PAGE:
Thunberg seems unaware that in poor and developing countries, carbon emissions are more a lifeline to children than they are a threat.
On Monday, celebrity climate activist Greta Thunberg delivered a speech to the UN Climate Action summit in New York. Thunberg demanded drastic cuts in carbon emissions of more than 50 percent over the next ten years.
It is unclear to whom exactly she was directing her comments, although she also filed a legal complaint with the UN on Monday, demanding five countries (Argentina, Brazil, France, Germany and Turkey) more swiftly adopt larger cuts in carbon emissions. The complaint is legally based on a 1989 agreement, the Convention on the Rights of the Child, under which Thunberg claims the human rights of children are being violated by too-high carbon emissions.
Thunberg seems unaware, however, that in poor and developing countries, carbon emissions are more a lifeline to children than they are a threat.
Rich Countries and Poor
It’s one thing to criticize France and Germany for their carbon emissions. Those are relatively wealthy countries where few families are reduced to third-world-style grinding poverty when their governments make energy production — and thus most consumer goods and services — more expensive through carbon-reduction mandates and regulations. But even in the rich world, a drastic cut like that demanded by Thunberg would relegate many households now living on the margins to a life of greatly increased hardship.
That’s a price Thunberg is clearly willing to have first-world poor people pay.
But her inclusion of countries like Brazil and Turkey on this list is bizarre and borders on the sadistic — assuming she actually knows about the situation in those places.
While some areas of Brazil and Turkey contain some areas that approach first-world conditions, both countries are still characterized by large populations living in the sorts of poverty that European schoolgirls could scarcely comprehend.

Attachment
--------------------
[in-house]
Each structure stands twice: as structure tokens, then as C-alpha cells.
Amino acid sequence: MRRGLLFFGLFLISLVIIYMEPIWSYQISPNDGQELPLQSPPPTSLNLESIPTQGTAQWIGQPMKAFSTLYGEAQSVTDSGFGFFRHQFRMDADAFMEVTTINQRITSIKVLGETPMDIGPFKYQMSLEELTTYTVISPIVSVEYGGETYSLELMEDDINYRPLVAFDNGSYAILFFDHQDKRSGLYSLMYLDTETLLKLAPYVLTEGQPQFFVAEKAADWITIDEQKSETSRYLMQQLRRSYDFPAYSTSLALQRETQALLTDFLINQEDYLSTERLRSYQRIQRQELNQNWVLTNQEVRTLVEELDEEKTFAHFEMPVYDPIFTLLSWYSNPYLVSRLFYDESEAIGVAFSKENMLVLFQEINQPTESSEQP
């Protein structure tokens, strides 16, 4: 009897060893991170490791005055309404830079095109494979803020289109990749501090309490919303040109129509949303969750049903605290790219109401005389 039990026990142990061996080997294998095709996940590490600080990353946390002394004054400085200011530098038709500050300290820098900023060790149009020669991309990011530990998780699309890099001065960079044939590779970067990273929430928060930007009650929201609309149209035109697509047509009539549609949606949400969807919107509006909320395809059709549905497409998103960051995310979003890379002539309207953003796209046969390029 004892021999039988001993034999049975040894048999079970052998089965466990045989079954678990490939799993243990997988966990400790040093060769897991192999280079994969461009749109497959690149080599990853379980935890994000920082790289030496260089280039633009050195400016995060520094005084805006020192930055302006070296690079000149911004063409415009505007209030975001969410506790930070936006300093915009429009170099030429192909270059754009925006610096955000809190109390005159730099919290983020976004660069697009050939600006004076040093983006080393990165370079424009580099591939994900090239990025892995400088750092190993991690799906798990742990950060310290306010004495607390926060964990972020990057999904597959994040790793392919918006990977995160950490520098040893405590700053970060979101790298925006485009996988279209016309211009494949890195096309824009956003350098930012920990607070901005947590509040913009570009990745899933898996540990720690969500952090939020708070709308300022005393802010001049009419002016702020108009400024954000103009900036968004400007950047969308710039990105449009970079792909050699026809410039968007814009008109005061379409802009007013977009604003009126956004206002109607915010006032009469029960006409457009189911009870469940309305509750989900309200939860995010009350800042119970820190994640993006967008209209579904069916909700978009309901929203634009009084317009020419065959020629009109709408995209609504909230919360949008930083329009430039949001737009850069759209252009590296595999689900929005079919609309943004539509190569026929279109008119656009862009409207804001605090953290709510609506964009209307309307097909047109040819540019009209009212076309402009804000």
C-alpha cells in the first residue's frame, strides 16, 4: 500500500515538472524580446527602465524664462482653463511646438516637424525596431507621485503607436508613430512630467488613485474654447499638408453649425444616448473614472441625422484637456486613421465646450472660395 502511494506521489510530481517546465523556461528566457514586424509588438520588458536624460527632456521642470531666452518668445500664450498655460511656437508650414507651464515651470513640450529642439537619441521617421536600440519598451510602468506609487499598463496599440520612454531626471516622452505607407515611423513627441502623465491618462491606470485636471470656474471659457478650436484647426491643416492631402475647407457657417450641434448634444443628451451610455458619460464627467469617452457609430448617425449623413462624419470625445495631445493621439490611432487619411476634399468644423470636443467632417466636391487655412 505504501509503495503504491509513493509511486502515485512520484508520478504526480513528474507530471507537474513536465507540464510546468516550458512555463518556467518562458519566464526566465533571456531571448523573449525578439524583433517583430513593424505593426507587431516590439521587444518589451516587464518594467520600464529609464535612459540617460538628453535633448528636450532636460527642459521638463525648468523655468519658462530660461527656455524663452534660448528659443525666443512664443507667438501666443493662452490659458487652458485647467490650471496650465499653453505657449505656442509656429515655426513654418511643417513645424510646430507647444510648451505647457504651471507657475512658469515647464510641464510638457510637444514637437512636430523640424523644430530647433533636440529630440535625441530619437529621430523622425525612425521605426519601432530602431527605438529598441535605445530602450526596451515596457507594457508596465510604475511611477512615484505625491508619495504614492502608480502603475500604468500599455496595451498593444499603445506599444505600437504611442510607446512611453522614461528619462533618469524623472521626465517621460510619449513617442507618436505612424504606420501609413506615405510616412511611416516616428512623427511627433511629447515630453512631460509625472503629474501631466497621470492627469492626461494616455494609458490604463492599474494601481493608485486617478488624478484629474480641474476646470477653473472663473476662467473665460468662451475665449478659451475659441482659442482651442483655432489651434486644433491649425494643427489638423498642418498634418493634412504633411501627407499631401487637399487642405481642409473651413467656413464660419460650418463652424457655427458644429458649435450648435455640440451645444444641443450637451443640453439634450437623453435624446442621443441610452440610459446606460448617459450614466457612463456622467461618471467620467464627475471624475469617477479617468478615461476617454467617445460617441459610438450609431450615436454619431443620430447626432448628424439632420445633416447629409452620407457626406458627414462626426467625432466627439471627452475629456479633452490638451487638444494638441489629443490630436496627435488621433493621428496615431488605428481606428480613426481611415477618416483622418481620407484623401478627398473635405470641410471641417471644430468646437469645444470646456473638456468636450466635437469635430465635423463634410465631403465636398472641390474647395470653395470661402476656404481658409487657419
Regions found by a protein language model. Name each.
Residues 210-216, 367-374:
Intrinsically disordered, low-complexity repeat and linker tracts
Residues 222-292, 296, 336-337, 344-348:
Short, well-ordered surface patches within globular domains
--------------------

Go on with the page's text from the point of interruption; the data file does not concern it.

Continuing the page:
Winning the War on Poverty with Fossil Fuels
But thanks to industrialization and economic globalization — countries can, and do, climb out of poverty.
In recent decades, countries like Turkey, Malaysia, Brazil, Thailand and Mexico — once poverty-stricken third-world countries — are now middle-income countries. Moreover, in these countries most of the population will in coming decades will likely achieve what we considered to be first-world standards of living in the twentieth century.
At least, that’s what will happen if people like Greta Thunberg don’t get their way.
The challenge here arises from the fact that for a middle-income or poor country, cheap energy consumption — made possibly overwhelmingly by fossil fuels — is often a proxy for economic growth.
After all, if a country wants to get richer, it has to create things of value for other countries. At the lower- and middle- income level, that usually means making things such as vehicles, computers, or other types of machinery. This has certainly been the case in Mexico, Malaysia, and Turkey.
But for countries like these, to only economical way to produce these things is by using fossil fuels.
Thus it is not a coincidence that carbon emissions growth and economic growth track together. We see this relationship in Malysia, for example:
And in Turkey:
And also in Brazil:
We no longer see this close a relationship between the two factors in wealthy countries. This is due to the fact many first-world (and post-Soviet) countries make broader use of nuclear power, and because high income countries have more heavily abandoned coal in favor of less-carbon intensive fuels like natural gas.2
It is thanks to this fossil-fuel powered industrialization over the past thirty years that extreme poverty and other symptoms of economic under-development have been so reduced.
For example, according to the World Bank, worldwide extreme poverty was reduced from 35 percent to 11 percent, from 1990 to 2013. We also find that access to clean water has increased, literacy has increased , and life expectancy has increased — especially in lower-income areas that have been most rapidly industrializing in recent decades.
Just as carbon emissions track with economic growth in middle income countries, child mortality tends to fall as carbon emissions increase.
We see this throughout the developing world, including in India,